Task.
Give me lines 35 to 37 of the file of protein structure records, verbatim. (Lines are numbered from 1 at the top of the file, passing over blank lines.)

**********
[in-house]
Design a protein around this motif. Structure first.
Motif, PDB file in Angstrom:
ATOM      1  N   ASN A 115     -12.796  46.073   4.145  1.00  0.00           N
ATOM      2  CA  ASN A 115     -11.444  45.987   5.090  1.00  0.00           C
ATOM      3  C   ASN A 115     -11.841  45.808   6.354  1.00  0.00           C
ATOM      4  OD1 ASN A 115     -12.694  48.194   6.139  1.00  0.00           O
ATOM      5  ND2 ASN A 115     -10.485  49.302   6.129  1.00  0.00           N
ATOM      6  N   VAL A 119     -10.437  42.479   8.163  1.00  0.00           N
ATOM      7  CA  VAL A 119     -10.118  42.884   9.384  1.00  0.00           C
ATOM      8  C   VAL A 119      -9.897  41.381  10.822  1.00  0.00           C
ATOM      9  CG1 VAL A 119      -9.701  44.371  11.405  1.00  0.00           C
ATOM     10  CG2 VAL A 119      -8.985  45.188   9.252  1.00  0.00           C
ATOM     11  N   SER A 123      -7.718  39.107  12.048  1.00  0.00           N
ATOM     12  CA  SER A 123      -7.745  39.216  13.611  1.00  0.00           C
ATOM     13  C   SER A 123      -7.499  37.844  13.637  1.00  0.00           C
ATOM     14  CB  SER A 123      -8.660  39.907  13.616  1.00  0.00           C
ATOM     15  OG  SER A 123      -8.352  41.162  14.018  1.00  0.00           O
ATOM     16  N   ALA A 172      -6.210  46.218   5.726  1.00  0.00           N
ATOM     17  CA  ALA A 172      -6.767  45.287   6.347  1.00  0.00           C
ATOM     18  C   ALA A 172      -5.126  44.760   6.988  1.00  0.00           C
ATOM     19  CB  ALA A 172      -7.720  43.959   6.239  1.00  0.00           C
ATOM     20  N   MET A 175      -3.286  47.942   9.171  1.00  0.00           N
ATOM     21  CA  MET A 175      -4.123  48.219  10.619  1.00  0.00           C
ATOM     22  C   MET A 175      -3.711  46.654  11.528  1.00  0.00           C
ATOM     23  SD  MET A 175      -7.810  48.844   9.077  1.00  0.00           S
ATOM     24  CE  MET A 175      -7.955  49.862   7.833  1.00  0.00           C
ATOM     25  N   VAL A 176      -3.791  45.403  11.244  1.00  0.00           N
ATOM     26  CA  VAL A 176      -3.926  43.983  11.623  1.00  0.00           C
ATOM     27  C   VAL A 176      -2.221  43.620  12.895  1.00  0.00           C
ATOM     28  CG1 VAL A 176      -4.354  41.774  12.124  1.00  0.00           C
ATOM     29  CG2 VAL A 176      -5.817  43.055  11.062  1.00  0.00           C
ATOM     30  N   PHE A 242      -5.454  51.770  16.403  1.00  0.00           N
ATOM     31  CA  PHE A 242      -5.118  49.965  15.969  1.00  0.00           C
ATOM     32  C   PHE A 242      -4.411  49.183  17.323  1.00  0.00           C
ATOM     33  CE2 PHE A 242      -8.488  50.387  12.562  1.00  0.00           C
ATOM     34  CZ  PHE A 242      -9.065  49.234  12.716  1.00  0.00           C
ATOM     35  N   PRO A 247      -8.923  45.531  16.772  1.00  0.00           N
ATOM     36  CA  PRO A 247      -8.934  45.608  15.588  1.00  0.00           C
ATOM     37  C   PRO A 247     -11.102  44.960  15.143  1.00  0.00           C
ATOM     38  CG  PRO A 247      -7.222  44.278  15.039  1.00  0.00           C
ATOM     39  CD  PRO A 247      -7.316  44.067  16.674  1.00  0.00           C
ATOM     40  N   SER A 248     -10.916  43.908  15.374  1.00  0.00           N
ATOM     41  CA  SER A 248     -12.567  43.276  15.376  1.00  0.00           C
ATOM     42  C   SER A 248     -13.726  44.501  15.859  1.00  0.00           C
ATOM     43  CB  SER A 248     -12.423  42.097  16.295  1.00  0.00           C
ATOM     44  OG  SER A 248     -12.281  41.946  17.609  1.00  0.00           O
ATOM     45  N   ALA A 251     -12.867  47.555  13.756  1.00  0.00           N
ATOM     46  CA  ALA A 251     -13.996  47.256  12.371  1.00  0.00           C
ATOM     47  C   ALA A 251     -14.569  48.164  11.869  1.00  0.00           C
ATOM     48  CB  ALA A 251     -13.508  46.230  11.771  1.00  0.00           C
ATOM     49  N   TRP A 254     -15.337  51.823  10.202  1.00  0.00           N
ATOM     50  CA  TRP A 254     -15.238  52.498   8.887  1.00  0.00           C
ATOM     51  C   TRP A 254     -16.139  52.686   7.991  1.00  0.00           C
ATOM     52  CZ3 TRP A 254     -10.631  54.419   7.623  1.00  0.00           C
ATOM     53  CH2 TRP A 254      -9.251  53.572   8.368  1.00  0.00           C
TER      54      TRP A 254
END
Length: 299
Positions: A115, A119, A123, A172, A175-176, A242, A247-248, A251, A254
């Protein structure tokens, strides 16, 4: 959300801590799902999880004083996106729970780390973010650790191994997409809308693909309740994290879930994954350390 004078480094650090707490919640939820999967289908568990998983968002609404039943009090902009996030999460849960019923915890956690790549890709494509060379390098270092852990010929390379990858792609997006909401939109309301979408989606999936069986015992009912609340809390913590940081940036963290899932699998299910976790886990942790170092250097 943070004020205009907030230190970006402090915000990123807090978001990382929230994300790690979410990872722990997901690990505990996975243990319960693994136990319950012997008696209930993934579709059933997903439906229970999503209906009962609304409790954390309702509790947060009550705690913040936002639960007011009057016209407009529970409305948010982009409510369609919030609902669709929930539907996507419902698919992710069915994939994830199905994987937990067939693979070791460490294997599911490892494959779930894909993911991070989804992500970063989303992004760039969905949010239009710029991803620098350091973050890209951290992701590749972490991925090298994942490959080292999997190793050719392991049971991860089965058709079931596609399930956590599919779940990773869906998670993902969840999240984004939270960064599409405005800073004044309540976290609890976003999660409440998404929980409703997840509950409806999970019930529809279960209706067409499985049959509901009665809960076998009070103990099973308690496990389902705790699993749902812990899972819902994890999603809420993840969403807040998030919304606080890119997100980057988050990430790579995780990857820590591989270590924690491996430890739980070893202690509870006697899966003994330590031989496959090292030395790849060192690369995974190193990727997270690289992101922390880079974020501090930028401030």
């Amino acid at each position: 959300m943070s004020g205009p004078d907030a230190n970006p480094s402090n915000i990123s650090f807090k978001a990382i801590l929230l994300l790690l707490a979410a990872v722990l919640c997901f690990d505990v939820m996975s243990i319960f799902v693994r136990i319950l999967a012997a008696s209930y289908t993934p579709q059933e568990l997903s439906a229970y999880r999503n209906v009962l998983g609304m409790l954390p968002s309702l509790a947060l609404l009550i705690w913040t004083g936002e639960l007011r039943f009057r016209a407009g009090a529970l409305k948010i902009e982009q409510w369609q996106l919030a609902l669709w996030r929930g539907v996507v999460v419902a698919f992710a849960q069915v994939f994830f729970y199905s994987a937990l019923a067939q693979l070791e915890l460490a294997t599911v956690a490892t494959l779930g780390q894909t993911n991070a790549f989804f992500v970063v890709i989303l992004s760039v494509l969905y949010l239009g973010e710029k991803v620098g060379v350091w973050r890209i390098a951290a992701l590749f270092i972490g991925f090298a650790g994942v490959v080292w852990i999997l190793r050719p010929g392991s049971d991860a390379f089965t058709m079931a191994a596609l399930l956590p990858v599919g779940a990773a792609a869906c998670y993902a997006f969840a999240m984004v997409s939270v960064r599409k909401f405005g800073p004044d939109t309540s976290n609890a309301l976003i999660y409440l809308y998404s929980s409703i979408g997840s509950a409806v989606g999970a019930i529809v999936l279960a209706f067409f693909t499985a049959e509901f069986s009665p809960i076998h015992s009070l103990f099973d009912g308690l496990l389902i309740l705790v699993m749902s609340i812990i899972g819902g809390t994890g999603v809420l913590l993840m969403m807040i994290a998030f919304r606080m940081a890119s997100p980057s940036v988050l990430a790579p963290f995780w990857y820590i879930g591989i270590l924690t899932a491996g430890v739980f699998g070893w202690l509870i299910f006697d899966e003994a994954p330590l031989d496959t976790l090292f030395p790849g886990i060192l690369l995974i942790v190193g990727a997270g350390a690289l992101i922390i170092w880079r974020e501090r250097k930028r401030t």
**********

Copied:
ATOM     32  C   PHE A 242      -4.411  49.183  17.323  1.00  0.00           C
ATOM     33  CE2 PHE A 242      -8.488  50.387  12.562  1.00  0.00           C
ATOM     34  CZ  PHE A 242      -9.065  49.234  12.716  1.00  0.00           C